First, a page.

Capital One Foundation Empowers Indigenous Women in Tech

Through a $250,000 grant, the Foundation supports Last Mile Education Fund’s Fellowship for Indigenous Women in Tech

To help create pathways for Indigenous women in technology careers, Capital One Foundation is providing $250,000 to Last Mile Education Fund (Last Mile) to invest in its Fellowship for Indigenous Women in Tech, which will provide students with sustained funding to afford them the opportunity to focus exclusively on completing their degree programs.

Indigenous women are among the most underrepresented populations in technology, with only 104 Indigenous women (Native American, Alaskan Native and Pacific Islanders) receiving degrees in computer science in 2021 according to National Center for Education Statistics data. This can be attributed to a combination of factors such as attending lesser-resourced institutions, coming from communities experiencing generational poverty to the extreme, the impact of COVID-19 and strained tribal and federal resources.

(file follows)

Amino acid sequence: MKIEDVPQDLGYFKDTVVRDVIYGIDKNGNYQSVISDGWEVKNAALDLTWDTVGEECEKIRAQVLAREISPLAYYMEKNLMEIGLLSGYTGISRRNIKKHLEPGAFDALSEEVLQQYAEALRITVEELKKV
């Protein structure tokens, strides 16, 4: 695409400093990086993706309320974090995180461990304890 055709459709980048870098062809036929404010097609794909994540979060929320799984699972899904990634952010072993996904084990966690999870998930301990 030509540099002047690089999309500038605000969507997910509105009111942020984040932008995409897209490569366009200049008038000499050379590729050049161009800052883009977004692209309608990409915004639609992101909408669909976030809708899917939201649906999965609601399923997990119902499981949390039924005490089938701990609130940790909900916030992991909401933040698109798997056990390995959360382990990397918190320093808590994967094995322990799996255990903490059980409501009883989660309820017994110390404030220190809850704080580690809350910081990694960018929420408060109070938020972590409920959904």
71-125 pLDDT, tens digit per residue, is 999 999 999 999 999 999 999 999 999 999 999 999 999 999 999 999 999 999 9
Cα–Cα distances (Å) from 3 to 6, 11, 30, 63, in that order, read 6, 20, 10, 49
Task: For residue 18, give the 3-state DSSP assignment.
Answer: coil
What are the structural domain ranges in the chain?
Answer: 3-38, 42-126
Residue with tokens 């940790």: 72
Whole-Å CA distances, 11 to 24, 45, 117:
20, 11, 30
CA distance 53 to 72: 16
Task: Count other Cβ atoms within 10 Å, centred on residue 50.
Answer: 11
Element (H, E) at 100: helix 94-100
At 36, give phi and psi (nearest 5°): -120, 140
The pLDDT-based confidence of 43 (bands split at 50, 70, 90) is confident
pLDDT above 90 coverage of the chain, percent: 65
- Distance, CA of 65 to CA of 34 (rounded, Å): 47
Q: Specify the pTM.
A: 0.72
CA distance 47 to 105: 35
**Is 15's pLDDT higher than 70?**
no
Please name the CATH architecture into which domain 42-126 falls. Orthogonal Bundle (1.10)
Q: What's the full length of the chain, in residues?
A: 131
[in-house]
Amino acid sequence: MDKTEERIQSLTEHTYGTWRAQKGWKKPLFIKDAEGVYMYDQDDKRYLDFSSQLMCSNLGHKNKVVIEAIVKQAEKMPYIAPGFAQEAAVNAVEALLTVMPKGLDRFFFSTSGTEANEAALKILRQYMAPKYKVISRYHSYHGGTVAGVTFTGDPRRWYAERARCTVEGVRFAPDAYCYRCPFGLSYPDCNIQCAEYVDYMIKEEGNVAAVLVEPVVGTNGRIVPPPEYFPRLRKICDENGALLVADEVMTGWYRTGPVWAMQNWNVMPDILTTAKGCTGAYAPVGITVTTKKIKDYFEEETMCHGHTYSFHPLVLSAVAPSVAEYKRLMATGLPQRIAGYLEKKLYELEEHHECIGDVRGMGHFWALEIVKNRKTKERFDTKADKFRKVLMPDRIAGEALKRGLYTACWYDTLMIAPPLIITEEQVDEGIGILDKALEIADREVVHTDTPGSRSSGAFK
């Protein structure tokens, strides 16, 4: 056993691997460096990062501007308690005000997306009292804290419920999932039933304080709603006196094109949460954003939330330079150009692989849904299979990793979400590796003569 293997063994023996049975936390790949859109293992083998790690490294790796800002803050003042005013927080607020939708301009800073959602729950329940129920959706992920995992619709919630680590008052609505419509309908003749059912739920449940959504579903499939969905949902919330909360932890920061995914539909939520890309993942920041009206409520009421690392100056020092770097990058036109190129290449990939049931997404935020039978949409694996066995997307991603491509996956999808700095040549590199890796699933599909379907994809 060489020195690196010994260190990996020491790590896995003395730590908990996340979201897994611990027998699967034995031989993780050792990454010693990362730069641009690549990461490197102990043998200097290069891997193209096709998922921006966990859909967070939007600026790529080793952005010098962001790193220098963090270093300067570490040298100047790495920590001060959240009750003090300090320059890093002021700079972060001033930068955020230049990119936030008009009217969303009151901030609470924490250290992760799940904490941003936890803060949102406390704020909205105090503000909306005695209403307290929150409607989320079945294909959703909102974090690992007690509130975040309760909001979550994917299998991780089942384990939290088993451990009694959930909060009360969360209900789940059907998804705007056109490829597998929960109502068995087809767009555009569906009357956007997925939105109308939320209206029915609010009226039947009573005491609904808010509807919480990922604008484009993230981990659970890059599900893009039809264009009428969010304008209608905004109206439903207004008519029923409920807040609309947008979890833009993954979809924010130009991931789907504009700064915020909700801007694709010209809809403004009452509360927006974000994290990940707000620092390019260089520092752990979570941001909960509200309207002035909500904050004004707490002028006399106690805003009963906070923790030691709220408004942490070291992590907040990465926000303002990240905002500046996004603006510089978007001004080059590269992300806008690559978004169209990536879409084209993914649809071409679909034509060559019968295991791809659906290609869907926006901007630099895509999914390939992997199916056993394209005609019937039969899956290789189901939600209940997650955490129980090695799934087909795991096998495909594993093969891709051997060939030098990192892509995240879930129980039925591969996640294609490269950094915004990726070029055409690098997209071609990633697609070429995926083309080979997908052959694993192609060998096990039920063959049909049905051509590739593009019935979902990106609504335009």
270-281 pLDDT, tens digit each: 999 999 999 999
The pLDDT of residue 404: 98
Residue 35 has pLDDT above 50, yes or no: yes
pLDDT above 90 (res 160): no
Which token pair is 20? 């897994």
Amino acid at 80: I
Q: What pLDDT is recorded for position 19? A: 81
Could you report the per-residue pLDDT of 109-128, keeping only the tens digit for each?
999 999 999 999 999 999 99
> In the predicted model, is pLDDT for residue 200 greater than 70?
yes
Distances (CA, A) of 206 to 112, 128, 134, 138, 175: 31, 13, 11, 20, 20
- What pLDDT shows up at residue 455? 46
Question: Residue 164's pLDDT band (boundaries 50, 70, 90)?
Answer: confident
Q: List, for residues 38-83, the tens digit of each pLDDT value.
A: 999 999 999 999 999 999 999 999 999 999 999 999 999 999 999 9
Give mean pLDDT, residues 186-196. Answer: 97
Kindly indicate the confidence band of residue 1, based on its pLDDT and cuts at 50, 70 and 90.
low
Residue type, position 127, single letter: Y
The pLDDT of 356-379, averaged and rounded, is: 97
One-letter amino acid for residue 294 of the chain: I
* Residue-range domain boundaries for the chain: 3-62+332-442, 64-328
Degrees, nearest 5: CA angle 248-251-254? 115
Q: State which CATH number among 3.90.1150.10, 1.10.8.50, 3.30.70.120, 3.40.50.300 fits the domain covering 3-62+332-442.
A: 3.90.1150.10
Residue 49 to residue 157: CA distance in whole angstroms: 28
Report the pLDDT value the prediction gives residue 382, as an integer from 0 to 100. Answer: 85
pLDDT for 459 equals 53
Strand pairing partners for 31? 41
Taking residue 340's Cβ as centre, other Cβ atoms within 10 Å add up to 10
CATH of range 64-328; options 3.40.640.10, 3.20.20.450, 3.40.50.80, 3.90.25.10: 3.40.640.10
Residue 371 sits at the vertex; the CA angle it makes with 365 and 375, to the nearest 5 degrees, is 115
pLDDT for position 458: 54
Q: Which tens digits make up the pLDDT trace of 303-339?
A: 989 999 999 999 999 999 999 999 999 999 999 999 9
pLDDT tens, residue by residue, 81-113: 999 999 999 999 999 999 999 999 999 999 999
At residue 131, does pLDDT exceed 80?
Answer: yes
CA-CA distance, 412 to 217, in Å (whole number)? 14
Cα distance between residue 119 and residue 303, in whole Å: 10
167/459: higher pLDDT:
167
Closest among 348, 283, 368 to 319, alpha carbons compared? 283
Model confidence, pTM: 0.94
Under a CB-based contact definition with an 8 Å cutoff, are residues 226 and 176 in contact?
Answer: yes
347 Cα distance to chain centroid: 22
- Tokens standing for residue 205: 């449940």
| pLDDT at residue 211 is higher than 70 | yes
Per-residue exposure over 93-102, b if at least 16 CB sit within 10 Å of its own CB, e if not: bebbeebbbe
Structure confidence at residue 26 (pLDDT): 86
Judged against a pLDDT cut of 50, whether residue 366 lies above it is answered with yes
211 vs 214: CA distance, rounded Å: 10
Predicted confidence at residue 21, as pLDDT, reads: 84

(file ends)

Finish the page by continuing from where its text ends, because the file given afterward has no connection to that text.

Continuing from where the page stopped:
Last Mile is on a mission to help increase the national number of Indigenous women earning degrees in computing by over 20 percent.

“The Capital One Foundation is proud to partner with the Last Mile Education Fund’s Indigenous Women in Computing Fellowship to improve representation and bring forward the creativity, expertise, and lived experience of these women to shape the technology field and influence the tech solutions of the future,” said Shena Ashley, President, Capital One Foundation. “Through financial support and mentorship, we are excited to play a role in providing access to careers that can unlock economic mobility.”

Last Mile kicks off its goal of increasing degree completion among Indigenous women in tech with this seed investment from Capital One. The fellowship program provides sustained funding for students to focus on academics, career-building and skill development, complete their degrees, and launch into technical careers.

“Capital One sees, values, and supports the incredible efforts put forth by these talented women to come as far as they have in their technical career pathways,” Ruthe Farmer, CEO and founder of Last Mile, said. “This investment will not only change their career trajectories but will also help shape a more diverse pool of global, technical talent the U.S. desperately needs to remain competitive.”

Students will receive funds to cover tuition costs, monthly living expenses, necessary books, supplies and devices, as well as provide individualized support for career prep and job search. Funds will be accepted into the fellowship on an ongoing basis, with the first cohort of fellows expected to launch in January 2023.

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